Paul wrote to Philemon about Onesimus and had this to say: “Formerly he was useless to you, but now he has become useful both to you and to me.” (1) You see, Onesimus was a thief and a runaway slave. He fled to escape sure punishment because he had stolen from his owner Philemon. And it just so happened he ran into Paul in Rome. And what do you know—Onesimus became a believer! A changed man and a help to Paul! As a matter of fact, Onesimus had become so valuable that Paul told Philemon this: “I would have liked to keep him with me so that he could take your place in helping me while I am in chains for the gospel.” (2)
But instead of keeping him, Paul announced, “I am sending him—who is my very heart—back to you.” (3) Hmm. 🤔 I wonder how Onesimus felt about this. Going back to his previous owner . . . after having stolen from him . . . after having run away from him. Surely he felt nervous about it, maybe even fearful. Why would Paul do this? Why not just exonerate him and let him stay and serve the Lord there in Rome? Why not write to Philemon to let him know of his conversion, to offer payment for whatever he stole (which he does!)—but to keep him there where he had become useful in Paul’s ministry? Philemon had plenty of other slaves; he was a wealthy man and certainly did not need him back. So why send him back?
Because we cannot run away from our past. Because our past follows us. It can haunt us. It can impede our going forward. And we need to make restitution. All true—but not Paul’s reasoning. It’s about relationships—people who serve us and people whom we serve. Paul explains it in Colossians, the city where Philemon lived and held church meetings in his large house. To slaves he writes: “Slaves, obey your earthly masters in everything; and do it, not only when their eye is on you and to curry their favor, but with sincerity of heart and reverence for the Lord.” (4) Onesimus had to go back because he was Philemon’s slave, his property. No matter that he was now a follower of Jesus and becoming useful in ministry—he had to return to his rightful owner and be prepared to serve the Lord as a slave. It was a matter of obedience.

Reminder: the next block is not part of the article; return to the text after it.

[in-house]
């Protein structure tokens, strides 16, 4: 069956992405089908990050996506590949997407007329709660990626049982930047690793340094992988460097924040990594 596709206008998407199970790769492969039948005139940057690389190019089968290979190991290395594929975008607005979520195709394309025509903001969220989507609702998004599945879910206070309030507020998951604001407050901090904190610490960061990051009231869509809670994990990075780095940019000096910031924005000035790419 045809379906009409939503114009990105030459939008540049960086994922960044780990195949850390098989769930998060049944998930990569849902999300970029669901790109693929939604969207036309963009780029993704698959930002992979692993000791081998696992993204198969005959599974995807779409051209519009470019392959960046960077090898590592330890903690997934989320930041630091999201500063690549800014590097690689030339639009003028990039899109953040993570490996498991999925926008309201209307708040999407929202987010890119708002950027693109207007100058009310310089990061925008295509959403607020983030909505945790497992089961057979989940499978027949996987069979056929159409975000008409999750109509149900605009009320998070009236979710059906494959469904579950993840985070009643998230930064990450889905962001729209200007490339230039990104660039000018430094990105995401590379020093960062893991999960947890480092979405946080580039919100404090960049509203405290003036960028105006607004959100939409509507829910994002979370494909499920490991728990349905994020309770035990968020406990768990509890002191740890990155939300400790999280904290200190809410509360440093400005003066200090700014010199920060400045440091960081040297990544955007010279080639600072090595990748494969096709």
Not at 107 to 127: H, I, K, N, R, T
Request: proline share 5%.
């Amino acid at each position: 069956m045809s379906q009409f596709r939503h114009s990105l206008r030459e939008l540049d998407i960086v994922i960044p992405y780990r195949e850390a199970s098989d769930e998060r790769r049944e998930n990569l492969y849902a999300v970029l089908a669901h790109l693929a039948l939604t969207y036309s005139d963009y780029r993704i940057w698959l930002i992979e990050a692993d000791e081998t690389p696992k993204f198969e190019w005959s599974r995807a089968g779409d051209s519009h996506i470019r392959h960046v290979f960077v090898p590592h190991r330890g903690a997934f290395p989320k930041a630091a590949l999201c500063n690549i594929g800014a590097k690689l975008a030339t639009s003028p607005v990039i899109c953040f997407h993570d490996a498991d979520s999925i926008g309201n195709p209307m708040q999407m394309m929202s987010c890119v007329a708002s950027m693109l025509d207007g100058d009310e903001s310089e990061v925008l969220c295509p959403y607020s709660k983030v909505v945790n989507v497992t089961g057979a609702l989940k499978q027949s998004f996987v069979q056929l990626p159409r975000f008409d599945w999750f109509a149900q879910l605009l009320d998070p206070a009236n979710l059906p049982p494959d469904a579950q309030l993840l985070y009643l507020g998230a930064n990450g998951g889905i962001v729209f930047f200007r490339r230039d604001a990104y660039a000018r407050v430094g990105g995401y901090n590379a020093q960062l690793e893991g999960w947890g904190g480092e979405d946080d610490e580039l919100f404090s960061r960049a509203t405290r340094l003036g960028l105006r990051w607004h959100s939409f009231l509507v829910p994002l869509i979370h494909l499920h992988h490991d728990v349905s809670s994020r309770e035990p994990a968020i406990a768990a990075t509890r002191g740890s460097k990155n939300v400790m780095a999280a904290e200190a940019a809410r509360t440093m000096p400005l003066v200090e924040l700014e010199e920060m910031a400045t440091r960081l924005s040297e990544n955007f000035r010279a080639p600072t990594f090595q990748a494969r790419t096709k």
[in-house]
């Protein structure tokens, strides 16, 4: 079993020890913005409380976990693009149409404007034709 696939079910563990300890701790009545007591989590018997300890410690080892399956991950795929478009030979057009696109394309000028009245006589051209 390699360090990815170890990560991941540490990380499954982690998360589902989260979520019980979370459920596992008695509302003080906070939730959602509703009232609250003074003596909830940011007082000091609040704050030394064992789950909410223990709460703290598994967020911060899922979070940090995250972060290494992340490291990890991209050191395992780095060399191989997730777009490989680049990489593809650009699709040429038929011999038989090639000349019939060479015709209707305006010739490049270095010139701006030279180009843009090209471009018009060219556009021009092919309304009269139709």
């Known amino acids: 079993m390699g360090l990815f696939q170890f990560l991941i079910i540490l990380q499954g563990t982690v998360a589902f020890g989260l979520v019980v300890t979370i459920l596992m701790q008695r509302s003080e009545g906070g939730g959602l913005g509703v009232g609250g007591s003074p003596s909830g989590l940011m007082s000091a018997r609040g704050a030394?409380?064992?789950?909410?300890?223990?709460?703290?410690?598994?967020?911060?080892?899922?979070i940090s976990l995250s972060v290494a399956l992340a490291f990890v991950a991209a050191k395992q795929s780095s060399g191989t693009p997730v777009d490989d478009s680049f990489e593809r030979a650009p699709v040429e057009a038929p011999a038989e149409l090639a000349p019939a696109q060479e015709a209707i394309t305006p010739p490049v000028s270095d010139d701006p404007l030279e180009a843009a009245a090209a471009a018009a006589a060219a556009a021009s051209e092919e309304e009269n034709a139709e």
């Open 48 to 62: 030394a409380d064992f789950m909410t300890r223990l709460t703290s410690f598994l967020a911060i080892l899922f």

But Paul also gave Philemon instructions as well: “Masters, provide your slaves with what is right and fair, because you know that you also have a Master in heaven.” (5) The idea is that slaves have masters and masters have masters and all of us have the same Lord: “Whatever you do, work at it with all your heart, as working for the Lord, not for human masters.” (6) Paul encouraged Philemon to treat Onesimus “no longer as a slave, but better than a slave, as a dear brother. He is very dear to me but even dearer to you both as a fellow man and as a brother in the Lord.” (7) It was a matter of grace.
So, did he? Did Philemon forgive him and release him as a slave? We don’t know for sure but I think he probably did. Paul was quite sure he would because he wrote “Confident of your obedience, I write to you, knowing that you will do even more than I ask.” (8)
The truth is we followers of Christ are all useless sinners saved by grace who long to become useful in service to God. Therefore, when given the opportunity to be gracious and help someone become useful, we should. How wonderful it is to become useful. And by the way, the name Onesimus actually means useful! 😀 So by the grace of God and the grace of Paul and probably the grace of Philemon, Onesimus lived up to his name and became useful. 😄
1) Philemon v.11 2) Philemon v.13 3) Philemon v.12 4) Colossians 3:22 5) Colossians 4:1 6) Colossians 3:23 7) Philemon v.16 8) Philemon v.21